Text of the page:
Legend has it that the “Northern Centaur” used to go there to take refuge from his enemies and took advantage of it to have a good time.
Canteens have always been places of social gathering since normally people go to relax and have fun with their partners, families, and friends.
As Mexicans are characterized by their happy and party personality, you will surely want to know which is the oldest cantina in the City to be able to go to know it and, incidentally, soak up a little of the capital’s history.
In 1857 the first cantina was born in Mexico that was called El Nivel. It was located on the corner of Coin Street, very close to the National Palace, and is recognized for having been the first business to obtain a license from the Mexican authorities to sell alcoholic beverages. However, in 2008 it had to close because the building was expropriated by the National Autonomous University of Mexico (UNAM).
Women suffered a lot of discrimination for entering canteens and several establishments even had cartels that said “entry to women is prohibited.” (Photo: INAH)
For this reason, the one that happened to occupy the position of the “oldest canteen” in the City was La peninsular. The origin of this place dates from the year 1872 and it has always been characteristic for having a bar of almost six meters. On the other hand, legend has it that Pancho Villa used to go there to take refuge from his enemies and take the opportunity to have a good time.
At this location, you can enjoy the classic “snack” and a wide variety of drinks and food. On weekends there is always live music. It should be noted that the place was remodeled in 2013, so now it has a more modern and striking appearance, however, it continues to preserve the historical vibe that characterizes this canteen on its walls and inside.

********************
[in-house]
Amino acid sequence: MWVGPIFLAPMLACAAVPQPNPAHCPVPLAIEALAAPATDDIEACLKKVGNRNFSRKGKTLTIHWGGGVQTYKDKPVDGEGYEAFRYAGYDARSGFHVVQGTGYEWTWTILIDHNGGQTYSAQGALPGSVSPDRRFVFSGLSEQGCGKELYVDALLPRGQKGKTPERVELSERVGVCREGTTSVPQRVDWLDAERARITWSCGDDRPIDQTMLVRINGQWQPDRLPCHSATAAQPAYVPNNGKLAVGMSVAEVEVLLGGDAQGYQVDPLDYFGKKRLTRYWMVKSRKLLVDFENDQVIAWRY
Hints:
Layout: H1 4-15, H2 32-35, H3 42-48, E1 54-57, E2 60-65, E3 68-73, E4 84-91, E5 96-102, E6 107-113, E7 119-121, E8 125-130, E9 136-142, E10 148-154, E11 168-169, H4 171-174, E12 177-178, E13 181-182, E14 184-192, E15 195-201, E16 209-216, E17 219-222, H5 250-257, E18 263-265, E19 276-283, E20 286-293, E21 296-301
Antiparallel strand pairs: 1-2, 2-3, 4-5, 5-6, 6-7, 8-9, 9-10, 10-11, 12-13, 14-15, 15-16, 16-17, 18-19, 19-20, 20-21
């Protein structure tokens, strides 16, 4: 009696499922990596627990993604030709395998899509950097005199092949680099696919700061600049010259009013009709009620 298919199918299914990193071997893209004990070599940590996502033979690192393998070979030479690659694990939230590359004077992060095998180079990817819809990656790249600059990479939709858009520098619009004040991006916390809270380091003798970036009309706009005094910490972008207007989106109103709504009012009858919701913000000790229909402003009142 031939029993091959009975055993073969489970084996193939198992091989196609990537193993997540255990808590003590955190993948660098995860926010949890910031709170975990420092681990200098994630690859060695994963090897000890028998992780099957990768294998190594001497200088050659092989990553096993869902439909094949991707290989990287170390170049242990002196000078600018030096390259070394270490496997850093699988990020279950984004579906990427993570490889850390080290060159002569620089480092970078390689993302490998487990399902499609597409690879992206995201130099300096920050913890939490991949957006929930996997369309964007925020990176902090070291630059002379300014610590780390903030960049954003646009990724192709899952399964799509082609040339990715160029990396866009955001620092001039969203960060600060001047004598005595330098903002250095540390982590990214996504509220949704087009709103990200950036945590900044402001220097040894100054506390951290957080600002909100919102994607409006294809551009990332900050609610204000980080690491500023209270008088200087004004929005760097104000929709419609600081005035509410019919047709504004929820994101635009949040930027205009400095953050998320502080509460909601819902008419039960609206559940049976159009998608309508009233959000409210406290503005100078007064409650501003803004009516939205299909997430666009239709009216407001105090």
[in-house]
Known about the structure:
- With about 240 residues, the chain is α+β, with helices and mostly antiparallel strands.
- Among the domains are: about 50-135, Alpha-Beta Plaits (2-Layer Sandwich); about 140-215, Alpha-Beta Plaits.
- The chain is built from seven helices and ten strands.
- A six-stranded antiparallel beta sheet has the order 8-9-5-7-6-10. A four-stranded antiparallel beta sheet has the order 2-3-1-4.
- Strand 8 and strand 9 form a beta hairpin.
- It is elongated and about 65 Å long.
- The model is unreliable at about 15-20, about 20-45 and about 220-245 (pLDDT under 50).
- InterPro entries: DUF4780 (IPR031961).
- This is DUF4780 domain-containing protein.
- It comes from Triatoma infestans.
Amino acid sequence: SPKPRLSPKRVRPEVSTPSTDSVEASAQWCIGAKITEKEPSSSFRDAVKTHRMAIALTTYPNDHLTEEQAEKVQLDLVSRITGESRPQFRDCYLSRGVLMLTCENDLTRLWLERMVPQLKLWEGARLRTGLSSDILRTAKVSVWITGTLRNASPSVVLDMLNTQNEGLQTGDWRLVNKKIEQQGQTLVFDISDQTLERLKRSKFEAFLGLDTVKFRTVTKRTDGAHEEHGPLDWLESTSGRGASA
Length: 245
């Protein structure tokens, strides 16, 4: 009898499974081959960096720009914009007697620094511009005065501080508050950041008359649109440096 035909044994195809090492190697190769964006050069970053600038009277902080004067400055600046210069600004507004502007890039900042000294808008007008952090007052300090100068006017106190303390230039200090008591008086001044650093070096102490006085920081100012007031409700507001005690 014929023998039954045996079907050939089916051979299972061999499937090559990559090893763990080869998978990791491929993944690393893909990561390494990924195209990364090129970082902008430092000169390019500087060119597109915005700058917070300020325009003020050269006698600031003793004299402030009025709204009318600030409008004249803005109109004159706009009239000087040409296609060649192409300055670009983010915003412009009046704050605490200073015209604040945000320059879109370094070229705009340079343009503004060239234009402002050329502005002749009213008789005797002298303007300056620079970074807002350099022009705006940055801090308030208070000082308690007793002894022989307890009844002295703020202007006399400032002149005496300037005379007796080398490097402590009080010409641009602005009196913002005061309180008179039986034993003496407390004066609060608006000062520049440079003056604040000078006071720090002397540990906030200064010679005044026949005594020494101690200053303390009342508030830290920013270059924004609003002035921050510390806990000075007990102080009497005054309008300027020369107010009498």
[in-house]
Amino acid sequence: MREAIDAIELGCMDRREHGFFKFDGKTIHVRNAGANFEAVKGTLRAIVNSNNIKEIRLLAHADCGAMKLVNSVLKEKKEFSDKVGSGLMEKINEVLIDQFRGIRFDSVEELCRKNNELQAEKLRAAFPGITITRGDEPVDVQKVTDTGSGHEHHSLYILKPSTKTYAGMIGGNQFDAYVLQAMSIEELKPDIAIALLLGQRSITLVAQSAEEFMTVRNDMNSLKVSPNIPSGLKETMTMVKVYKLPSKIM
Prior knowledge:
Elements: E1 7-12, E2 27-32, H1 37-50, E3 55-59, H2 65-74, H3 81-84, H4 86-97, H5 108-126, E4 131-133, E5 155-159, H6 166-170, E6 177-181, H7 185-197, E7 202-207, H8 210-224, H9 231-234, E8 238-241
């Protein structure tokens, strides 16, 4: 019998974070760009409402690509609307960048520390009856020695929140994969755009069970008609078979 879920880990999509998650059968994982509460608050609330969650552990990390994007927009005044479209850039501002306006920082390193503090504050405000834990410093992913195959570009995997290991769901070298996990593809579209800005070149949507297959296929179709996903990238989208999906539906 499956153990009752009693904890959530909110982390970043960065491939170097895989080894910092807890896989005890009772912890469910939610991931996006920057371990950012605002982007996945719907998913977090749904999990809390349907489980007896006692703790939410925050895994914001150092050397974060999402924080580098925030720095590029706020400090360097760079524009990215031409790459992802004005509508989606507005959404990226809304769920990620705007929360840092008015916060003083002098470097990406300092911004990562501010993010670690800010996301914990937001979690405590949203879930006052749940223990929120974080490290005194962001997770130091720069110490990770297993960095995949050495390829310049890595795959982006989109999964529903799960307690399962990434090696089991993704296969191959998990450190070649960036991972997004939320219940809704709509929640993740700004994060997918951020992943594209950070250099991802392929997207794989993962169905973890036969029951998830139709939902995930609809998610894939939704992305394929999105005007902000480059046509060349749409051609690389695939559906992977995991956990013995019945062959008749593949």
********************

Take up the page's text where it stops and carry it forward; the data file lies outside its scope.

Pancho Villa was born on June 5, 1878, and was one of the most important revolutionary heroes of the 20th century.
Although it opened its doors in 1872, it was until 1982 that the establishment let women in. If you are interested in visiting this place, the address is at Calle Alhóndiga 26, local 4, in the Historic Center of Mexico City, very close to the Zócalo.
One of the peculiarities of La peninsular was the unique legend that was written in the letter to order: “Legal permission for married men: I hereby state that I authorize my partner to have fun whenever he wants and can, drink up to get drunk, gamble and amuse yourself with whatever ladies and gentlemen come your way. The wife and mother-in-law sign ”.
On the other hand, these establishments have had great importance since the 19th century, since thanks to the atmosphere, the diversity of drinks, and the food that has been offered in these places, a significant mark has been left on Mexican society. As the German writer, Ernst Jünger put it, “wine has changed history more than the sword”.
Historically, these sites have fostered cultural encounters and the exchange of ideas between people. It is important to note that in the development of the canteens not everything has been rosy. According to information from the author Aranza Tovar, women suffered a lot of discrimination for entering these places, and several establishments even had signs that said: “entry to women is prohibited.”
This was because it was said that these places were only for men because, at that time, they were the only ones who could drink alcoholic beverages. Later, the canteens were adapted to social changes that implied resignifying the role and importance of women and they were allowed to pass until the end of the 19th century .
The Mexico City Post